The New York Times is saying there's nothing to worry about. But their argument is mostly full of talking points released by Google itself last week. (Their talking points were not bad, mind you.)
Meanwhile, TechCrunch is so afraid of the deal, I'm thinking the makers of Xanax must be making a huge profit off of their anxiety alone.
Fears of price-setting do seem to be misunderstood, and the timing might only fuel those fears. Advertisers are flocking to the web in large numbers. In an unstable economy, they do so even more because search advertising is still a great deal over some traditional forms of advertising. With demand and competition higher, prices could increase. So the timing of this deal may affect how people view the prices, even though those traditional forms of advertising are a form of competition.
Still, people want competition in search.
Personally, when it comes to monopolies, I think of Microsoft (not for their search, of course). They've had so much of the operating system market for a long time. But in recent years, Apple has come along to snag some of that market share away.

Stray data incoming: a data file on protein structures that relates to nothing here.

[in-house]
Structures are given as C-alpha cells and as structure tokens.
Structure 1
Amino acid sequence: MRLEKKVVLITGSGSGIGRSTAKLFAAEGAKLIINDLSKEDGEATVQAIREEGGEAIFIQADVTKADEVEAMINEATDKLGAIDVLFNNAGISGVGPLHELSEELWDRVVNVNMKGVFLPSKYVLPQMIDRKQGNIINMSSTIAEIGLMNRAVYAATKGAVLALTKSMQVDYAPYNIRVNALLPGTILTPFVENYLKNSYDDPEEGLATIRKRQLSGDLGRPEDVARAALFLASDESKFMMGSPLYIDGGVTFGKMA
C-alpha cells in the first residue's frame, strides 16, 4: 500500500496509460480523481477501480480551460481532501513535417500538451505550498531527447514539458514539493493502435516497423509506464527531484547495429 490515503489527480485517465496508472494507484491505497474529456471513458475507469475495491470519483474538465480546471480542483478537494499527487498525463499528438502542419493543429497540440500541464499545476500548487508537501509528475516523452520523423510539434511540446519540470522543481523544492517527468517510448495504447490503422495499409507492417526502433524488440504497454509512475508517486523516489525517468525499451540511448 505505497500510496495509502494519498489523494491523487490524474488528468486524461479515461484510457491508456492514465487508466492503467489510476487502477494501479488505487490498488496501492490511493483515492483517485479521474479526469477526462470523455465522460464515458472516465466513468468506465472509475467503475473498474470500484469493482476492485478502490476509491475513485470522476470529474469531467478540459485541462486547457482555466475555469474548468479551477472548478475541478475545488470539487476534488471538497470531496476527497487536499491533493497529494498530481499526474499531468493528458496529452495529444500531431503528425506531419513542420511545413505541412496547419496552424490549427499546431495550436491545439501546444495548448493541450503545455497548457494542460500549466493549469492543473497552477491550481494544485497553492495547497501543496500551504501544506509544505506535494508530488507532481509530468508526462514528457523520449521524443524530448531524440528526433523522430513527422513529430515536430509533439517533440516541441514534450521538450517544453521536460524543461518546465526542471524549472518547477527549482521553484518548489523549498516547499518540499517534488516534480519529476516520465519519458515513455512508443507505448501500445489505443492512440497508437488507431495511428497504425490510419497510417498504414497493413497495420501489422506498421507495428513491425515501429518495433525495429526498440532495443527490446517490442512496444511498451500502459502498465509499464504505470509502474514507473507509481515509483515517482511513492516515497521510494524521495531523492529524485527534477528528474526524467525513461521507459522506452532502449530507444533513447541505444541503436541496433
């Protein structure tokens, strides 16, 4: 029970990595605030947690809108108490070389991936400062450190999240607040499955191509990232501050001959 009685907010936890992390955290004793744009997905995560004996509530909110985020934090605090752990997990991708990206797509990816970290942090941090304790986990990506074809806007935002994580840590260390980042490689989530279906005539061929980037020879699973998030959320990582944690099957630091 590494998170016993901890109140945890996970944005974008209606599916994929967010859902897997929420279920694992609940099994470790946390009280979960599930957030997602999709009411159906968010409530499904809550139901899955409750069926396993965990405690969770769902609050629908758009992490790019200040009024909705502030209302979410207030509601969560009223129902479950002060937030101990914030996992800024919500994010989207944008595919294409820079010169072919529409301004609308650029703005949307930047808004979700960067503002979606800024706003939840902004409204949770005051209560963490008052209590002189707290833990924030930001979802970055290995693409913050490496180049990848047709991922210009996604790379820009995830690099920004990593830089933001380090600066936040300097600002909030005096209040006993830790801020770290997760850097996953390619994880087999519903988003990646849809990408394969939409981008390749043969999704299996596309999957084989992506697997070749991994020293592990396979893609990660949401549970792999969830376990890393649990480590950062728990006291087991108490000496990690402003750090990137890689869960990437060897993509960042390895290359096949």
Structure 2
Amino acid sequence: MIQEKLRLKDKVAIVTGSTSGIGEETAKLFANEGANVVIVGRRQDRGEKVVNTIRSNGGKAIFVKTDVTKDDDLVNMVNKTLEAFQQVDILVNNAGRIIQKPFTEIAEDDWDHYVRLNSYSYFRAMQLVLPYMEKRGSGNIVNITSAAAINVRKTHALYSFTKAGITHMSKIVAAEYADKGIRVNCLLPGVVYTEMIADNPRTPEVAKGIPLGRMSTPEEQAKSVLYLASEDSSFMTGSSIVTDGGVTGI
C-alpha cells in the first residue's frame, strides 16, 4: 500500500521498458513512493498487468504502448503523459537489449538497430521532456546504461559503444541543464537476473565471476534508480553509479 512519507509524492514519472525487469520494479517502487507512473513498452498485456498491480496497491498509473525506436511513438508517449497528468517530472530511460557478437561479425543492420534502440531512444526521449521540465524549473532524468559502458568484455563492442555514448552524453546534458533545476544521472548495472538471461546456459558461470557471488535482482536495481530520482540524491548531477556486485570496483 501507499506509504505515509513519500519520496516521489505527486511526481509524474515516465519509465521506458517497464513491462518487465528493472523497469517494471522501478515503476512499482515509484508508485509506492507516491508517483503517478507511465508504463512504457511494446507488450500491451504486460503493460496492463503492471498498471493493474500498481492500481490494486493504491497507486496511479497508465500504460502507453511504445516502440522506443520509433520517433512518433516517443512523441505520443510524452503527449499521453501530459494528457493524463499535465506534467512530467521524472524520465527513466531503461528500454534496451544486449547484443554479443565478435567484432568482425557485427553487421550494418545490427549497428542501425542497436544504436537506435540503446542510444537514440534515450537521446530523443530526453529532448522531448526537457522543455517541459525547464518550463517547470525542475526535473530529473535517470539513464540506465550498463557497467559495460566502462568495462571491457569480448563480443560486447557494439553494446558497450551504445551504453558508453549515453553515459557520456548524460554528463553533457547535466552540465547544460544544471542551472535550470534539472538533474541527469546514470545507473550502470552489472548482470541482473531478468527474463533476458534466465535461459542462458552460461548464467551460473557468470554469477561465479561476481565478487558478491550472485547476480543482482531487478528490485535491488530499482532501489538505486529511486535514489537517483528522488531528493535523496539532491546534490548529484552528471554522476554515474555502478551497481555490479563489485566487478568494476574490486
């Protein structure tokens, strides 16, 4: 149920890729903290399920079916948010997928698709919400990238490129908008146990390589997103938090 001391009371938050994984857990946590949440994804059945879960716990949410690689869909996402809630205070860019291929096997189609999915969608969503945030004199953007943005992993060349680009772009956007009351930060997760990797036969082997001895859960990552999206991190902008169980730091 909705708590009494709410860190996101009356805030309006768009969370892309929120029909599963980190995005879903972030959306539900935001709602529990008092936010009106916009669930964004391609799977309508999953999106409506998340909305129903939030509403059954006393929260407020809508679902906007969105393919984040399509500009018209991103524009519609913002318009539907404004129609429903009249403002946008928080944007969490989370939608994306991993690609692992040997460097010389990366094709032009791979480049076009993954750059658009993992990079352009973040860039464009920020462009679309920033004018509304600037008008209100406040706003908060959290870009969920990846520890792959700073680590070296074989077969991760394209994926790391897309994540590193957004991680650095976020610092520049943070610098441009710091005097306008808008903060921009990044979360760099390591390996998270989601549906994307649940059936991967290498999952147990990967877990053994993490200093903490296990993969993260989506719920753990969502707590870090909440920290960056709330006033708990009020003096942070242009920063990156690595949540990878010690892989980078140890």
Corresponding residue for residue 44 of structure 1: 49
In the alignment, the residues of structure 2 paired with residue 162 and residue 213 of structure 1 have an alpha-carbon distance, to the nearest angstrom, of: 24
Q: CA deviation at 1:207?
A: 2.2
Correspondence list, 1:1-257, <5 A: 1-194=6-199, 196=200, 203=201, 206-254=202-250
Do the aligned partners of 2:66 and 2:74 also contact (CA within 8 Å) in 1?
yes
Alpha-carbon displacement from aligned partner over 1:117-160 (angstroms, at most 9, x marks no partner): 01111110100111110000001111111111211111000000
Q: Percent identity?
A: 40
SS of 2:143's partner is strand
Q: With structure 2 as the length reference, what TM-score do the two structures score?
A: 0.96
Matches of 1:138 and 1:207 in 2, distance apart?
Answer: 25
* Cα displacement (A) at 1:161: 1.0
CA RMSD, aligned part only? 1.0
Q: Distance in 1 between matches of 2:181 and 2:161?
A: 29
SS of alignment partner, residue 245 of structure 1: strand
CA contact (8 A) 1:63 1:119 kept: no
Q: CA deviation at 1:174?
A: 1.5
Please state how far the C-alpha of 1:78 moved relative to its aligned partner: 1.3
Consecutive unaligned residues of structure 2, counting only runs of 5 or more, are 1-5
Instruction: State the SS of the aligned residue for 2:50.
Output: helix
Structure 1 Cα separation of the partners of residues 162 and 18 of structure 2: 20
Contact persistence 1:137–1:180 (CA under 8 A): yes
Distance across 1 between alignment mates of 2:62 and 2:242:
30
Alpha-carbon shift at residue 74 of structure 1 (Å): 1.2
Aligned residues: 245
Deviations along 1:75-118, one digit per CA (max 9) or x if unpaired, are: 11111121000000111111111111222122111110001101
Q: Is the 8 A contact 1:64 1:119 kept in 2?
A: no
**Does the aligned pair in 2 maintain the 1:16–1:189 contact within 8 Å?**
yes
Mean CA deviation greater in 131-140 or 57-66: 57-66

This had nothing to do with regulation, but instead innovation. That innovation is based on how people want to work and what they want to do with their computers. There are other operating systems, but there are reasons why they don't appeal to the masses. It's the same in the search industry.
There's a reason Google has so much of the market share. It's because their search and Adwords program are what people want. In the future, I suspect the tides will shift. After all, how many times do you really find what you're looking for on the first search? And how many times have we heard complaints about Adwords?
But no one else has anything better - at the moment. However, perhaps letting Google dominate will be the very thing that drives innovation.
There's enough to dislike about Google to desire something better. And some genius, perhaps in a dorm room or working passionately late nights on a project after work, will come up with it.
But preventing a Google-Yahoo deal won't make that happen any sooner. Regulation in this matter will not spur innovation. Regulation will not keep prices down. Google already has too much of a market share, and hardly anyone views Yahoo as a real competitor anyway.
Oddly enough, if Yahoo were to ever become a stronger competitor, it could result largely from the increase in income generated by this deal. More revenue would provide more money to fund research into search. This, of course, can only be facilitated by a good business model and the right focus at Yahoo. And for this, we can only hope that Carl Icahn continues to give Yahoo a much needed kick in the butt.